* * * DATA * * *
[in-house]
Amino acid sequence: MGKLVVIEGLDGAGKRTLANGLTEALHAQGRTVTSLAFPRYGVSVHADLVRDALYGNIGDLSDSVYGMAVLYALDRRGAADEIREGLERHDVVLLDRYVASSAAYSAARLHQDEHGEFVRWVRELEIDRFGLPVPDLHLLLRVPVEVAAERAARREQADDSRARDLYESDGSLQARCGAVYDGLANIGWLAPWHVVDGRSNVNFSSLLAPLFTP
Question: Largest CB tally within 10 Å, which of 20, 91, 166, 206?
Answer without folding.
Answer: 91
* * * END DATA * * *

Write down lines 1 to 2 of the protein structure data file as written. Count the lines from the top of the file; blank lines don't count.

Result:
[in-house]
Amino acid sequence: MGKLVVIEGLDGAGKRTLANGLTEALHAQGRTVTSLAFPRYGVSVHADLVRDALYGNIGDLSDSVYGMAVLYALDRRGAADEIREGLERHDVVLLDRYVASSAAYSAARLHQDEHGEFVRWVRELEIDRFGLPVPDLHLLLRVPVEVAAERAARREQADDSRARDLYESDGSLQARCGAVYDGLANIGWLAPWHVVDGRSNVNFSSLLAPLFTP